This morning, when I realized it was not working, I got up and took a shower because that’s what you’re supposed to do when you’re stuck, and while showering I thought about something someone had mentioned in one of the session last week, about oblique strategies. (Stay with me.) You can read more about those here, but in short it’s a method for creative work that uses a card deck with random and sometimes mysterious phrases on them that are supposed to get you to think laterally. You shuffle the deck, pick a card, and have to do or think about what’s on the card. It sounds like a tech company workplace strategy, but it’s made specifically for people doing the things I do and so, whatever, I thought I’d give it a try because I found an online version.
I wrote a bunch of them on cards and cut the deck, which bestowed upon me the following words of wisdom: “the most important thing is the thing most easily forgotten.”
Deep. What does it all mean? For me the answer (I thought) came pretty quickly — storytelling. I got interested in the things I write about here because I was first interested in how people tell their life stories, what they emphasize, what they leave out, and why, and how they define their place in the world. That brought me to think about how we see career success, which got me thinking about skills that I had and did not have, and how those skills are deemed useful or not in the world I live in. I was thinking about this, but at the same time I was still thinking about storytelling, which led me to read Walter Benjamin’s essay “The Storyteller.” This was when I was doing my master’s, and that essay was hugely influential in how I constructed my way of doing research at the time (which I won’t go into now, but I’ll probably write about it another time).
Back to pondering the thing most easily forgotten. I got up and pulled out my research archive from when I did my master’s and started flipping through it. In a plastic sheath somewhere in the middle of the binder there was nothing but a single orange notecard on which I’d written a quote that is now something I recognize as one of those inspirational quotes people put in Pintrest images. It read:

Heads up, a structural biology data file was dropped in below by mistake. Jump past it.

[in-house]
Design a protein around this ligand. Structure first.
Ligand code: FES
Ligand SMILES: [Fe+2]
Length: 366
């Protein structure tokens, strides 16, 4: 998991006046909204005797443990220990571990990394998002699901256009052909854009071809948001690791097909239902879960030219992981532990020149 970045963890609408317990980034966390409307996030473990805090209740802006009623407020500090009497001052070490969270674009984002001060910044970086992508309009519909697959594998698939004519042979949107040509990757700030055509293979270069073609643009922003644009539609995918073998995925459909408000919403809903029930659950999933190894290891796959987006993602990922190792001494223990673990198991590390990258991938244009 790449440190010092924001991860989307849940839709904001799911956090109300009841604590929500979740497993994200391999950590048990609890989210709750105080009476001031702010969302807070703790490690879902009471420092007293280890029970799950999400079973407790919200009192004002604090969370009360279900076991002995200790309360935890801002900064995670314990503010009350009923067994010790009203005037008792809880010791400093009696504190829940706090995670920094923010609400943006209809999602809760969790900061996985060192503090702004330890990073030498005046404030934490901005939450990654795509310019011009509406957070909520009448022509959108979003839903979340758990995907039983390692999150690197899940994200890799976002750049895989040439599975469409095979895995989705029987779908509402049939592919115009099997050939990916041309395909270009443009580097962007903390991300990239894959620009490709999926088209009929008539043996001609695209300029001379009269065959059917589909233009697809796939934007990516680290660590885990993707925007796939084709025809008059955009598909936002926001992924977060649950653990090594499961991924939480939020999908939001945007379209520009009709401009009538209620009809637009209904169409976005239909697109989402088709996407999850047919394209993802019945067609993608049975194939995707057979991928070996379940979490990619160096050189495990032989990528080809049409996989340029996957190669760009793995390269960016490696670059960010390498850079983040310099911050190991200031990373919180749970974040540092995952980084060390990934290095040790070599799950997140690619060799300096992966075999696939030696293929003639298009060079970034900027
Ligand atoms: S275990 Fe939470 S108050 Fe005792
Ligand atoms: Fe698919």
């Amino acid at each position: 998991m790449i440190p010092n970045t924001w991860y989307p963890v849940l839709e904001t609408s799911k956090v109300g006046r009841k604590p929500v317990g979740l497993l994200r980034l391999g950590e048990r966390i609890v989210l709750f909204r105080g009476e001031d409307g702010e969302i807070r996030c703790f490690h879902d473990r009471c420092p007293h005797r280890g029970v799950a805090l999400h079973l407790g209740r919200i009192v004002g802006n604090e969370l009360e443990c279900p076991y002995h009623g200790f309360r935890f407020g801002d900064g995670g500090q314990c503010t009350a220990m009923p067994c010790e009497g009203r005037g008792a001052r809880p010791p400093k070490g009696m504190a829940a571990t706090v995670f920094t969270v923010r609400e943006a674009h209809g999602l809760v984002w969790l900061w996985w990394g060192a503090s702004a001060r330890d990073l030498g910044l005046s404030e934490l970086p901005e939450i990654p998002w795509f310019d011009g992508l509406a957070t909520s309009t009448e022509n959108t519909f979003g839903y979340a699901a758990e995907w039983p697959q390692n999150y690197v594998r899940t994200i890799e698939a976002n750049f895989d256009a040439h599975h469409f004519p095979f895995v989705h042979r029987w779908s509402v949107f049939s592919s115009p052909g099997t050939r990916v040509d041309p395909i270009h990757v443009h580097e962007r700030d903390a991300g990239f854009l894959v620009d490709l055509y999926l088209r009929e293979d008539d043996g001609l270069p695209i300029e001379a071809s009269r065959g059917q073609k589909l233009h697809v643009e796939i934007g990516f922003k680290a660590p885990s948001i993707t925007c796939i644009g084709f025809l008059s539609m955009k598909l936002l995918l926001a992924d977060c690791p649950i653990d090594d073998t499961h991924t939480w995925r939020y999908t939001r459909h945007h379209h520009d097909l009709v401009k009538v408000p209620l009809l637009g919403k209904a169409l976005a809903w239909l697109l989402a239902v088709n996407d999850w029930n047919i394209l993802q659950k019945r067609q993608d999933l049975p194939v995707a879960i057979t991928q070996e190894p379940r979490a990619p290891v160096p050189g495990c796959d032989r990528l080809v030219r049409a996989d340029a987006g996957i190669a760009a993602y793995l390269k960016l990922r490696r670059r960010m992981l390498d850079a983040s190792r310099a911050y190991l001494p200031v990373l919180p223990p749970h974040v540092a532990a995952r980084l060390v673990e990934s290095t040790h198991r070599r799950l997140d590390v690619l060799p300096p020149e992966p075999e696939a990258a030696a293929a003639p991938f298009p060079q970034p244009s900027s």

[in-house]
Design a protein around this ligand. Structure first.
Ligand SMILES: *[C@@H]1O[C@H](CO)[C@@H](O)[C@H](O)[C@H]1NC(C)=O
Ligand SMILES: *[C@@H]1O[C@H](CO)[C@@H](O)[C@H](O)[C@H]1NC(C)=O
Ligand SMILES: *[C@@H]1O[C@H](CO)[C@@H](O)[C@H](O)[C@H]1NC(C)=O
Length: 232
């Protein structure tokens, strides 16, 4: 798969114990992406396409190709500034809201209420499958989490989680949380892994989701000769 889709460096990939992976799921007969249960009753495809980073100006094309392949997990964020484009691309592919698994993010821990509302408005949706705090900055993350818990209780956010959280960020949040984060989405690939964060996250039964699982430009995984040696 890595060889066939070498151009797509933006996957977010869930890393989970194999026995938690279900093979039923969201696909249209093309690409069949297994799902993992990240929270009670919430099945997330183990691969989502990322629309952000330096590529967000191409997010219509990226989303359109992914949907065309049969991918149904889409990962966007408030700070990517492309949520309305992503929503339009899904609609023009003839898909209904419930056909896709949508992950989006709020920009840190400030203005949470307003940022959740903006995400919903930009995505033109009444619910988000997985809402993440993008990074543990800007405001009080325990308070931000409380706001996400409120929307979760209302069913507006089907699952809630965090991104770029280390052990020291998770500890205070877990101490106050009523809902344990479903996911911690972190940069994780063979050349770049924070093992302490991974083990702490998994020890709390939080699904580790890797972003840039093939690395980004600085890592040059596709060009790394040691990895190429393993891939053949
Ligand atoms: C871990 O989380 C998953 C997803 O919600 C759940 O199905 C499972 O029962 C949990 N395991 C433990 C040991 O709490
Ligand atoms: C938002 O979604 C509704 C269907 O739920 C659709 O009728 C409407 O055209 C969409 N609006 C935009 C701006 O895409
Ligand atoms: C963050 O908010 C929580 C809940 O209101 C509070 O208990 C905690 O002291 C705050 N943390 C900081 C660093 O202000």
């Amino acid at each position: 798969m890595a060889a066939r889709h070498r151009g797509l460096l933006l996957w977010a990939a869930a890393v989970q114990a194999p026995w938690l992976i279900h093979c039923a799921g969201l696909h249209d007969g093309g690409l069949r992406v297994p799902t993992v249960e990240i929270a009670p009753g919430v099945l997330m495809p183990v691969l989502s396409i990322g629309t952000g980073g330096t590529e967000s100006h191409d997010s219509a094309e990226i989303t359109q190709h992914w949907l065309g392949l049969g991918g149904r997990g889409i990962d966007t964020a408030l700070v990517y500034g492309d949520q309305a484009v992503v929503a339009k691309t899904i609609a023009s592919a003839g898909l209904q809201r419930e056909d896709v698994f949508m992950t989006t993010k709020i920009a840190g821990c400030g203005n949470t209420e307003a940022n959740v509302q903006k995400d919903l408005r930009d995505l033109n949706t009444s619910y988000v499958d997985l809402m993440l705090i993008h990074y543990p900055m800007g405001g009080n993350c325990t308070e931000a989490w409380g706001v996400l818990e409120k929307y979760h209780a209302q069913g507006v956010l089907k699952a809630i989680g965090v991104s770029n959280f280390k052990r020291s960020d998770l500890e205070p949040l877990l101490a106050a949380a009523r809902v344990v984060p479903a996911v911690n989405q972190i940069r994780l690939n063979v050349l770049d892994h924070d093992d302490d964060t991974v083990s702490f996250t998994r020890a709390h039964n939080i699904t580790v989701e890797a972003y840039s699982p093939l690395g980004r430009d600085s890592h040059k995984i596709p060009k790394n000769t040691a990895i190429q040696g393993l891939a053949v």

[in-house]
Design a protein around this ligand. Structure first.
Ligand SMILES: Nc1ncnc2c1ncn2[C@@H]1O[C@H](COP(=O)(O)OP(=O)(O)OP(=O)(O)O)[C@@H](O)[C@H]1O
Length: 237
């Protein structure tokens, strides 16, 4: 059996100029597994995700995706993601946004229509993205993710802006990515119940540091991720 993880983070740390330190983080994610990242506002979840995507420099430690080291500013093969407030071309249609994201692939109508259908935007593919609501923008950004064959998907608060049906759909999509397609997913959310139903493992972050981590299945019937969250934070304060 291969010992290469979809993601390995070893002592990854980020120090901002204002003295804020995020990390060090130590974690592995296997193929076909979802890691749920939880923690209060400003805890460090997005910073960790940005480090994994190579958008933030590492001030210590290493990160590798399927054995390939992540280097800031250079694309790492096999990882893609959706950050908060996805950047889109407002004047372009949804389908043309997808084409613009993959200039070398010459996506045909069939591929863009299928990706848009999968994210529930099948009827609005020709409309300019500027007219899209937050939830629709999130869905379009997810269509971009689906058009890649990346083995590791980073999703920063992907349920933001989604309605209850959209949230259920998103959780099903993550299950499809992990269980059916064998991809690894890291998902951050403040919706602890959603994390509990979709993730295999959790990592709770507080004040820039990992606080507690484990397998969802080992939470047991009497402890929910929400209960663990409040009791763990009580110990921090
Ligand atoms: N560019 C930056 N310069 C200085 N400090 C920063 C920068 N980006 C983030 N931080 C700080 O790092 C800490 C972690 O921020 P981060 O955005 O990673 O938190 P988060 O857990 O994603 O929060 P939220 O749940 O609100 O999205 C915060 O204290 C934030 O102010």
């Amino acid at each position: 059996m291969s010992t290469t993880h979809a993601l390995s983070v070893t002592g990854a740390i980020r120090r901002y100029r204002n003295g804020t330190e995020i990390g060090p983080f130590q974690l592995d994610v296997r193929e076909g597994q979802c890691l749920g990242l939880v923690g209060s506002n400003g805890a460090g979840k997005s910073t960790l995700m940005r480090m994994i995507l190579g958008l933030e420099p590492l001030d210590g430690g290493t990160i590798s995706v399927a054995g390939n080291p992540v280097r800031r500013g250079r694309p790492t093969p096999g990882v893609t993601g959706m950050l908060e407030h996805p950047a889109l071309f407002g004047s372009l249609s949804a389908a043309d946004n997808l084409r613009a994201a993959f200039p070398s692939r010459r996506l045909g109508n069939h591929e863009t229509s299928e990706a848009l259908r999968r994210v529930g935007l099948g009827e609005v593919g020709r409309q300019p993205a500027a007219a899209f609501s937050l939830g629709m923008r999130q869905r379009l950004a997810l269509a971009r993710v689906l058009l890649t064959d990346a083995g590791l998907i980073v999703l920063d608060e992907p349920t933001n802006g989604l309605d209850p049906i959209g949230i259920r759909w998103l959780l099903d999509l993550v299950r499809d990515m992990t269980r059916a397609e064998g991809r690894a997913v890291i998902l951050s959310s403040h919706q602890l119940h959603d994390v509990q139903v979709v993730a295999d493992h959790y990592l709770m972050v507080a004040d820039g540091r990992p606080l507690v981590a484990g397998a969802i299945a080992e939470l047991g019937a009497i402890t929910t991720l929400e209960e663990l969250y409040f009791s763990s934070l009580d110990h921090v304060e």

“I have woven a parachute out of everything broken.” — William Stafford
I know why I wrote down that quote and why it wound up being included in my archive. I identified with it because I felt like that is something I had done (or started doing) in my master’s research. Maybe it’s a little corny, but I don’t really care. However, I realized that although I knew William Stafford was a poet, I had never actually read anything by him. So I did what we all do, read Wikipedia, and then looked for his poems online. I picked the first one that came up, which was “Accountability.” I liked it, and I heard obvious echos of my research interests in it, and so there you go. But then I started thinking about back when I was doing my master’s, what doing my research felt like then. I had been out of school for nearly a decade, those years spent working behind a computer doing not very interesting things, and then suddenly there I was becoming a student again, and an art student no less! Party time! I was working on the side of course, but only part time and with fairly little responsibility (my old boss would not be happy to read that) and therefore I could afford to devote most of my mental energy to my research. And how did it feel? It felt like … I’m only coming up with an image here so let me just describe a mental gif for you, of me leaping into somewhere with my fist raised and a da-da-daaaa! orchestral sound in the background and then immediately leaping from there to somewhere else (da-da-daaaa!). I was on a mission, a mission sent from God, as my Dad says, a line that he stole from the Blues Brothers movie. Only not from God, from the universe really, though I suppose some people’s conception of their higher power is the universe, or math. I had no fear. The degree wasn’t important to me per se, but the space to think was. Did that sound obnoxious? Apologies if it did, but it’s the truth. We had no grades, only qualitative evaulations, and it was a not-quite-independent study program that was encouraging and open to students doing their thing their way (so long as there were explanations to back it up).
And so I had fun. I read and did plenty of things that wound up having nothing to do with what I was doing, but that left me open to finding other things that opened up new ideas for me. What I definitely didn’t do was make the process a labor of pain.
Not to say that my research now is a labor of pain — just that I feel as though I’m struggling to push myself ahead like a donkey cart in the mud, and in that simile I’m not sure if I’m the donkey, the cart, or the person doing the pushing from behind.